Four Zika cases identified in Miami, Florida
Mosquitoes have apparently begun spreading the Zika virus on the US mainland for the first time, Florida officials said Friday in a long-feared turn in the epidemic that is sweeping Latin America and the Caribbean.
Four recently infected people in the Miami area – one woman and three men – are believed to have caught the virus locally through mosquito bites, Governor Rick Scott said at a news conference.
No mosquitoes in Florida have actually been found to be carrying Zika, despite the testing of 19,000 by the state lab. But other methods of Zika transmission, such as travel to a stricken country or sex with an infected person, have been ruled out.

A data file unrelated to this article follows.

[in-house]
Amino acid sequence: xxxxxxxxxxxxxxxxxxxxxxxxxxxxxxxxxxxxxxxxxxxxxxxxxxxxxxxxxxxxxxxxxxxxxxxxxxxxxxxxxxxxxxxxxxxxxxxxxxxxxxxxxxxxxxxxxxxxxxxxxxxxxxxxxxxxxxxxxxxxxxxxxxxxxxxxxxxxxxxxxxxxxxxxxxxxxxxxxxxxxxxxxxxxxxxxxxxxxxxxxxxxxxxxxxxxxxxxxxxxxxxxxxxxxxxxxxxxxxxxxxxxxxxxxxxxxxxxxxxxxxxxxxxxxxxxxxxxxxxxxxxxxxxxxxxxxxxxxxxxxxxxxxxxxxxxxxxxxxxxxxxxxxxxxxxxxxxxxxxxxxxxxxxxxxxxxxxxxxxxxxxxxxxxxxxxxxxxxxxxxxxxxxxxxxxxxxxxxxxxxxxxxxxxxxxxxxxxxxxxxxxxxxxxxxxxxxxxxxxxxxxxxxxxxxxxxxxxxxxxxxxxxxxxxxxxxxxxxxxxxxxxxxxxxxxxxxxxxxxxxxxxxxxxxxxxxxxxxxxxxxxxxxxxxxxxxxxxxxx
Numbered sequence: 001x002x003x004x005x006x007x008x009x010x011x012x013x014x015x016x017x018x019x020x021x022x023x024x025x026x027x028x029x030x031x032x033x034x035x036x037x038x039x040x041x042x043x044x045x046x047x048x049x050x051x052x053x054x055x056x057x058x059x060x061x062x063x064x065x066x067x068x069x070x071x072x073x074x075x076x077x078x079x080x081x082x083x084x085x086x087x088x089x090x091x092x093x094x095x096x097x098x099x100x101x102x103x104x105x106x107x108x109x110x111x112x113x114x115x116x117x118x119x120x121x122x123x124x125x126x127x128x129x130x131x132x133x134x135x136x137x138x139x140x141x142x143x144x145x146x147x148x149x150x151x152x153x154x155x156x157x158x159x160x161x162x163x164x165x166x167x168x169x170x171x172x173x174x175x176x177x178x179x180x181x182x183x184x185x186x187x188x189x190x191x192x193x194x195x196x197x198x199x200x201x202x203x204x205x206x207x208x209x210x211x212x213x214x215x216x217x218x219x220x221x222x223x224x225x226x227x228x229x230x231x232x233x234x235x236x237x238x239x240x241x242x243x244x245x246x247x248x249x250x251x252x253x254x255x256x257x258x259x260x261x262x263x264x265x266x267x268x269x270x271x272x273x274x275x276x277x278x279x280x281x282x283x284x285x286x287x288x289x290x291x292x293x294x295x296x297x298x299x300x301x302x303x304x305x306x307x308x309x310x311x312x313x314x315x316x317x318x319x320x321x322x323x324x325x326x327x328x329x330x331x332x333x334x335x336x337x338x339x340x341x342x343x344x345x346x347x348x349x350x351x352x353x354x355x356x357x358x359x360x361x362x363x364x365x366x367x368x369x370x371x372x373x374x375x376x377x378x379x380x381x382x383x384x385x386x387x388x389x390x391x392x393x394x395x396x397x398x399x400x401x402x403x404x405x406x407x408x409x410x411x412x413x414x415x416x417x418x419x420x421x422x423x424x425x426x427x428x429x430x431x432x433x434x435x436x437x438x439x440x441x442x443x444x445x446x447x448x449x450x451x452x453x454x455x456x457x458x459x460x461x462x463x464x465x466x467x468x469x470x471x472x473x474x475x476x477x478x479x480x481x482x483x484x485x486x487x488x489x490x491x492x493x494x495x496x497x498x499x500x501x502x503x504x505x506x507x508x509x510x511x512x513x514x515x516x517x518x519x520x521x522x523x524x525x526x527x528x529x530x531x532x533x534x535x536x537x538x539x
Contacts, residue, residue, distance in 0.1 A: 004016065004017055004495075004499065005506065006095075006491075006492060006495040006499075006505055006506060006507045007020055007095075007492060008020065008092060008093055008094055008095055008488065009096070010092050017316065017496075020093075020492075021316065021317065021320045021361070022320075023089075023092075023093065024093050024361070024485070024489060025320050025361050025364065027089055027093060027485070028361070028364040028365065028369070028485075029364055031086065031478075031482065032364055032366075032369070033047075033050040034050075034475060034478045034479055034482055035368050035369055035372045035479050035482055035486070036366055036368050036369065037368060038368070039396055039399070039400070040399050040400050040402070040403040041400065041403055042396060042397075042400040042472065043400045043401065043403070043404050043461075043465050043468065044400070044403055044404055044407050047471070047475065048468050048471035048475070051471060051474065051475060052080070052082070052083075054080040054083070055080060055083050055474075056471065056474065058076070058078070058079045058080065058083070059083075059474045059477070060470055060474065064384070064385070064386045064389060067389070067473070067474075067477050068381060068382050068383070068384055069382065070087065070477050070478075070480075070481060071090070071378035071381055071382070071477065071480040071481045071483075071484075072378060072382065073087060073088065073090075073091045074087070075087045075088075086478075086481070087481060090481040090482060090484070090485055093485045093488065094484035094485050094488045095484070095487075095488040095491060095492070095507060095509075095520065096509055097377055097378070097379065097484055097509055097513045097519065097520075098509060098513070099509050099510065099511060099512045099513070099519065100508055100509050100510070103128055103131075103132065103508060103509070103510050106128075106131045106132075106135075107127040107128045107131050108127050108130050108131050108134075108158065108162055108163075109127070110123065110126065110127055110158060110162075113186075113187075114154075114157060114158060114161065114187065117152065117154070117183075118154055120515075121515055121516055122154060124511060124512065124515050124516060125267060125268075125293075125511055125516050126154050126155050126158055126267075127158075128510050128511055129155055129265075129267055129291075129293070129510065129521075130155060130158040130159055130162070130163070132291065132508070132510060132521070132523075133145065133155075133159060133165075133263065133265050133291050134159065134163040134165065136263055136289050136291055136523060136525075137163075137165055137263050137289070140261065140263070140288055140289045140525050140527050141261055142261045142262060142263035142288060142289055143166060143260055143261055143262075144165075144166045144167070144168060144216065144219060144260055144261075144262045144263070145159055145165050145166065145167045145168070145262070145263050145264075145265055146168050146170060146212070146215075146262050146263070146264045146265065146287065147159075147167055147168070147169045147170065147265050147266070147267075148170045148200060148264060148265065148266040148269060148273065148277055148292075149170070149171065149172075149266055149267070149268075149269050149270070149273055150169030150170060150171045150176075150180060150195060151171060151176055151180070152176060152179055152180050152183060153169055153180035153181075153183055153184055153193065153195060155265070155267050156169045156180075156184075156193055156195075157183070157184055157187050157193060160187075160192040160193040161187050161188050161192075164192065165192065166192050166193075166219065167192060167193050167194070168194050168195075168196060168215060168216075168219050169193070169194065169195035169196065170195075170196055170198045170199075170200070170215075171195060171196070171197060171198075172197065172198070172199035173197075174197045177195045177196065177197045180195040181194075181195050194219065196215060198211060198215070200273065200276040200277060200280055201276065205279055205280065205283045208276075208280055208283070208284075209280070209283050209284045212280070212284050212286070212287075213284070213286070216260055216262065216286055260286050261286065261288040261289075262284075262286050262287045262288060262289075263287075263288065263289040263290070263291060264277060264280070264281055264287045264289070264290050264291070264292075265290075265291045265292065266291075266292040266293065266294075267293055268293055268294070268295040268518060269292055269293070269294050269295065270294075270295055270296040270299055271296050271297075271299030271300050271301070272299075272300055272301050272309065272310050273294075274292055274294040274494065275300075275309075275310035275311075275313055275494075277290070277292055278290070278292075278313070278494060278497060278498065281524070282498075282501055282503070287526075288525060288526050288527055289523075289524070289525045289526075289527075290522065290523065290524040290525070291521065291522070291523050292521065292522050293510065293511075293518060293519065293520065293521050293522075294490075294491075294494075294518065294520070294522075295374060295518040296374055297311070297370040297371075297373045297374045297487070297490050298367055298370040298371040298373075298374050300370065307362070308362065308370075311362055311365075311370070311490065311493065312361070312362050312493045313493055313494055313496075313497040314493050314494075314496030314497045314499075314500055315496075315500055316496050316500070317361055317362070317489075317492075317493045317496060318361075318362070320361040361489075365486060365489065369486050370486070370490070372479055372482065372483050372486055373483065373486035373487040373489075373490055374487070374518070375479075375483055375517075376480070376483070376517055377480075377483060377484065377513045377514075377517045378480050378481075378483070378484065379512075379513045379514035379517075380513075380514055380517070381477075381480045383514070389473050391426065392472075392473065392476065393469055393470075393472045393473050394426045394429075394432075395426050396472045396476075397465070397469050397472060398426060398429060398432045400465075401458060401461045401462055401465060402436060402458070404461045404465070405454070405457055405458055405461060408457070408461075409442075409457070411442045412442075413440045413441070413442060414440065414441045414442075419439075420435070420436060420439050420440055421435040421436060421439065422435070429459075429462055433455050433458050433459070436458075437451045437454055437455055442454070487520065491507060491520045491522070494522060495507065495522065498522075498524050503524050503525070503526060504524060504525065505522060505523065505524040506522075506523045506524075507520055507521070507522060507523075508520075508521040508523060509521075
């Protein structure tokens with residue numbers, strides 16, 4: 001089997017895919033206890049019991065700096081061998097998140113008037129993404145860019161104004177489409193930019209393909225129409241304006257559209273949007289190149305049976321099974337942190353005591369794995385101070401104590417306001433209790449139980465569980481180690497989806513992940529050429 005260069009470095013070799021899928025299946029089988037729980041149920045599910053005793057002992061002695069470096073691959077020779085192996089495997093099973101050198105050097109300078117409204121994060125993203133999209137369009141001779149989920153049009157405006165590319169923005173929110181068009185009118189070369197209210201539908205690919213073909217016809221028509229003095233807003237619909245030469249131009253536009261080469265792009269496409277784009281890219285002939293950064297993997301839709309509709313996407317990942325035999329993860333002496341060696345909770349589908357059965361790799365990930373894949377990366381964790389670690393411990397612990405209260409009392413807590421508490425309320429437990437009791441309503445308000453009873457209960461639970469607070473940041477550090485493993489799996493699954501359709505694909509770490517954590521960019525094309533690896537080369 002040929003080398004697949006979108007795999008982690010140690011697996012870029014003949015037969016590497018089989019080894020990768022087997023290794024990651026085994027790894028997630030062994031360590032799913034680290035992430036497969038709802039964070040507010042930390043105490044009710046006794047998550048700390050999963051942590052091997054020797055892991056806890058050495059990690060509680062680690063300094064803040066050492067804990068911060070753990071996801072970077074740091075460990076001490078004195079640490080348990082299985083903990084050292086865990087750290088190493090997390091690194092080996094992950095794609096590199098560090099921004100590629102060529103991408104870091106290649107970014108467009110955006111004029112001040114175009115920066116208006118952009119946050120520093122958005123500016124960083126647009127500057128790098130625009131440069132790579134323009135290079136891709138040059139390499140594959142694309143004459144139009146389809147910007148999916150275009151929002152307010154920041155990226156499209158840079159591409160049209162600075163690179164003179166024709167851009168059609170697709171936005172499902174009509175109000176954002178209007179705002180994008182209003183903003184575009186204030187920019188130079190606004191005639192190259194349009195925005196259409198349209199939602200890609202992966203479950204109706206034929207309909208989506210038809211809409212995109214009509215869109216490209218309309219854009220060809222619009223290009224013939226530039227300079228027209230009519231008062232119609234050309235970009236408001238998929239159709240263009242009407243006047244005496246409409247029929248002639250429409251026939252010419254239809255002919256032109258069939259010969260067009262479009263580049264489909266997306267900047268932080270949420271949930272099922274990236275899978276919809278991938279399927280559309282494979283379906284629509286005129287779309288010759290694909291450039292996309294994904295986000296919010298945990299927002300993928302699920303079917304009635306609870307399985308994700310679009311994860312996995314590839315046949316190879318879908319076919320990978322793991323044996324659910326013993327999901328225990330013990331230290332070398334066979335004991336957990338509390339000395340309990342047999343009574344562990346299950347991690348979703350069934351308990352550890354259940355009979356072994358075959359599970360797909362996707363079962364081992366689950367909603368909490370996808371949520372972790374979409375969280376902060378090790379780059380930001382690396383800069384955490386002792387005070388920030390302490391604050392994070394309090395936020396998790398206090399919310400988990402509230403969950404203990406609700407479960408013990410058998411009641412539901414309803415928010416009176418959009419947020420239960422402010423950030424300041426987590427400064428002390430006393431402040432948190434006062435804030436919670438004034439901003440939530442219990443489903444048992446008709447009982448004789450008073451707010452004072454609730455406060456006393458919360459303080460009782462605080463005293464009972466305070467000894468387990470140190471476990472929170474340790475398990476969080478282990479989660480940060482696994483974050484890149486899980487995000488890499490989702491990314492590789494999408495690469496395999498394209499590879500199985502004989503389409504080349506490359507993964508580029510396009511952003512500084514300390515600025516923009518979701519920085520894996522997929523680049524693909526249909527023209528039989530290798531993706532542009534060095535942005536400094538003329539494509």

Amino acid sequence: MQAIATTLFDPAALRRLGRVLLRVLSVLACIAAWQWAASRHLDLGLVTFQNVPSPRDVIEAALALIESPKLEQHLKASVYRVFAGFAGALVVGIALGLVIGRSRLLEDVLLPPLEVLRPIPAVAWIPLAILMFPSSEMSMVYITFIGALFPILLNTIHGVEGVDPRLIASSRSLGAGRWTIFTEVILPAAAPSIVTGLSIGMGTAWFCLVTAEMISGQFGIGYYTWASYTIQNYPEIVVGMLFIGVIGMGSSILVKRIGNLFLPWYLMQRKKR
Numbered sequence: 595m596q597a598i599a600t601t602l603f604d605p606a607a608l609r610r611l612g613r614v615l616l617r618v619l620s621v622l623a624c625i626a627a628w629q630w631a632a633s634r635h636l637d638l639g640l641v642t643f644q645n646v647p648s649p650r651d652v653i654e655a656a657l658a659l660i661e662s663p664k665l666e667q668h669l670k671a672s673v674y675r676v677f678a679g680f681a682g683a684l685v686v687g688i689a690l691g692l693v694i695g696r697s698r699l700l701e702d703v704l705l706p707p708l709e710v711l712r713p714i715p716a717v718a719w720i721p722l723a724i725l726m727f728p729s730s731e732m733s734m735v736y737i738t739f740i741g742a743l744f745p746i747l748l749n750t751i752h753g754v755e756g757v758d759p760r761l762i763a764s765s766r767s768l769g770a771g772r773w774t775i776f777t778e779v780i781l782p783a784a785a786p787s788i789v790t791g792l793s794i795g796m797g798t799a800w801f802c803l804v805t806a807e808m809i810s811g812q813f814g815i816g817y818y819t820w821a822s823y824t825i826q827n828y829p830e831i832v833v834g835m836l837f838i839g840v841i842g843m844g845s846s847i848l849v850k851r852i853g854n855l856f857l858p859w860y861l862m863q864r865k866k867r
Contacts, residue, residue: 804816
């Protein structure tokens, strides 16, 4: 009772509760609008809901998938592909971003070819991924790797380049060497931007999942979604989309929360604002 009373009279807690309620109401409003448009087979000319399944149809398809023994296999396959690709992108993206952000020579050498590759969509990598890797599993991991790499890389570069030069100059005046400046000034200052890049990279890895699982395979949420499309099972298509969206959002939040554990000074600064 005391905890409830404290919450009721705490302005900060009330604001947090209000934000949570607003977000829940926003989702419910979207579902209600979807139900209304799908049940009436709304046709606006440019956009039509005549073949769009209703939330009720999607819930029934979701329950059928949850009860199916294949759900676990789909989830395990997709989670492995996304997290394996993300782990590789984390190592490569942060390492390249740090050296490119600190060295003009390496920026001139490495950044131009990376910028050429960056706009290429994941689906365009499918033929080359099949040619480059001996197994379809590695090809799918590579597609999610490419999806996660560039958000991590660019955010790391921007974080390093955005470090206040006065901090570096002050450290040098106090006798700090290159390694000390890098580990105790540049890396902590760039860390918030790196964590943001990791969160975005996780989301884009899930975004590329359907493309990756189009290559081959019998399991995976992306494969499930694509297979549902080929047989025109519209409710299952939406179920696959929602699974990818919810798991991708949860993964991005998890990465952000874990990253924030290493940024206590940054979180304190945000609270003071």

US health officials said they do not expect a widespread outbreak of the sort seen in Brazil and other countries. While officials have long predicted mosquitoes in the continental US would begin spreading Zika this summer, they have also said they expect only isolated clusters of infections.
More than 1,650 people in the mainland US have been infected with Zika in recent months. But the four people in Florida are believed to be first ones to contract the virus within the 50 states from mosquitoes.
"This is not just a Florida issue. It's a national issue – we just happen to be at the forefront," Scott said.